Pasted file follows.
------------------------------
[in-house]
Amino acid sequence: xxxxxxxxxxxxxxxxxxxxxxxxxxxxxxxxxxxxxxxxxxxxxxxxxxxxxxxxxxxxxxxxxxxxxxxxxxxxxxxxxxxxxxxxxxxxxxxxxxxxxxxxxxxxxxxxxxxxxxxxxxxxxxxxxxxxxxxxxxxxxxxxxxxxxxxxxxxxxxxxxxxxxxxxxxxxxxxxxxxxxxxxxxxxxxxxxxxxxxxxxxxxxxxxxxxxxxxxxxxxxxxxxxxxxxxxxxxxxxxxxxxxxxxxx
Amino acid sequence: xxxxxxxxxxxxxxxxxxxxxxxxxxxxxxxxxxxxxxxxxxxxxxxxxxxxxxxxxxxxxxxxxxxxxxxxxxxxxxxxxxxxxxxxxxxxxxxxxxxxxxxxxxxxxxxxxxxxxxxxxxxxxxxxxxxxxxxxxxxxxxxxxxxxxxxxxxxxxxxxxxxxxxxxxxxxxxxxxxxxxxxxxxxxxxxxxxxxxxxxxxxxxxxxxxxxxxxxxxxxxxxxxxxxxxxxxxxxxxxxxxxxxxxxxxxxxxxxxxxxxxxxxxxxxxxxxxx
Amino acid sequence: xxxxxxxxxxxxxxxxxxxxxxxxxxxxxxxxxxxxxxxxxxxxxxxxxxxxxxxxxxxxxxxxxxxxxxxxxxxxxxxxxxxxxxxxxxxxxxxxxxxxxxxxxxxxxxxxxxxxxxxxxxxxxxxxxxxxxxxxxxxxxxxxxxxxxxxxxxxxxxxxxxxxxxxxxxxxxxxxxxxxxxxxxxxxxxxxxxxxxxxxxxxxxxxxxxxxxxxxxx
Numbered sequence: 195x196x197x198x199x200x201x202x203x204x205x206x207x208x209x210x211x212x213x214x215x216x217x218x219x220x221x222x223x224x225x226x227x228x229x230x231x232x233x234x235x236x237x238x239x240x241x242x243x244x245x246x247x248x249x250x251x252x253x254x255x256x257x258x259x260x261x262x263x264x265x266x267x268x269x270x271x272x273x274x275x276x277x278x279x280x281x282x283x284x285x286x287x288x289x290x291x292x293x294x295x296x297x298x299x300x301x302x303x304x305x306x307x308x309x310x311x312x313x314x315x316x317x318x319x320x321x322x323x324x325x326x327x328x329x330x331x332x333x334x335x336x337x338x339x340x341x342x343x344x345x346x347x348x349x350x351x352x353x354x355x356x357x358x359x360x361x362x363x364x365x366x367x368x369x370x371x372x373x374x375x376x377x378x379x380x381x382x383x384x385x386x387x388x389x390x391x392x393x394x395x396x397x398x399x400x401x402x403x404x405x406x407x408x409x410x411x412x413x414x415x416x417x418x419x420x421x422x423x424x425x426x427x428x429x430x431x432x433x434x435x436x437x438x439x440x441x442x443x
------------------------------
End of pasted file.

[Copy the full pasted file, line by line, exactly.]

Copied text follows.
[in-house]
Amino acid sequence: xxxxxxxxxxxxxxxxxxxxxxxxxxxxxxxxxxxxxxxxxxxxxxxxxxxxxxxxxxxxxxxxxxxxxxxxxxxxxxxxxxxxxxxxxxxxxxxxxxxxxxxxxxxxxxxxxxxxxxxxxxxxxxxxxxxxxxxxxxxxxxxxxxxxxxxxxxxxxxxxxxxxxxxxxxxxxxxxxxxxxxxxxxxxxxxxxxxxxxxxxxxxxxxxxxxxxxxxxxxxxxxxxxxxxxxxxxxxxxxxxxxxxxxxx
Amino acid sequence: xxxxxxxxxxxxxxxxxxxxxxxxxxxxxxxxxxxxxxxxxxxxxxxxxxxxxxxxxxxxxxxxxxxxxxxxxxxxxxxxxxxxxxxxxxxxxxxxxxxxxxxxxxxxxxxxxxxxxxxxxxxxxxxxxxxxxxxxxxxxxxxxxxxxxxxxxxxxxxxxxxxxxxxxxxxxxxxxxxxxxxxxxxxxxxxxxxxxxxxxxxxxxxxxxxxxxxxxxxxxxxxxxxxxxxxxxxxxxxxxxxxxxxxxxxxxxxxxxxxxxxxxxxxxxxxxxxx
Amino acid sequence: xxxxxxxxxxxxxxxxxxxxxxxxxxxxxxxxxxxxxxxxxxxxxxxxxxxxxxxxxxxxxxxxxxxxxxxxxxxxxxxxxxxxxxxxxxxxxxxxxxxxxxxxxxxxxxxxxxxxxxxxxxxxxxxxxxxxxxxxxxxxxxxxxxxxxxxxxxxxxxxxxxxxxxxxxxxxxxxxxxxxxxxxxxxxxxxxxxxxxxxxxxxxxxxxxxxxxxxxxx
Numbered sequence: 195x196x197x198x199x200x201x202x203x204x205x206x207x208x209x210x211x212x213x214x215x216x217x218x219x220x221x222x223x224x225x226x227x228x229x230x231x232x233x234x235x236x237x238x239x240x241x242x243x244x245x246x247x248x249x250x251x252x253x254x255x256x257x258x259x260x261x262x263x264x265x266x267x268x269x270x271x272x273x274x275x276x277x278x279x280x281x282x283x284x285x286x287x288x289x290x291x292x293x294x295x296x297x298x299x300x301x302x303x304x305x306x307x308x309x310x311x312x313x314x315x316x317x318x319x320x321x322x323x324x325x326x327x328x329x330x331x332x333x334x335x336x337x338x339x340x341x342x343x344x345x346x347x348x349x350x351x352x353x354x355x356x357x358x359x360x361x362x363x364x365x366x367x368x369x370x371x372x373x374x375x376x377x378x379x380x381x382x383x384x385x386x387x388x389x390x391x392x393x394x395x396x397x398x399x400x401x402x403x404x405x406x407x408x409x410x411x412x413x414x415x416x417x418x419x420x421x422x423x424x425x426x427x428x429x430x431x432x433x434x435x436x437x438x439x440x441x442x443x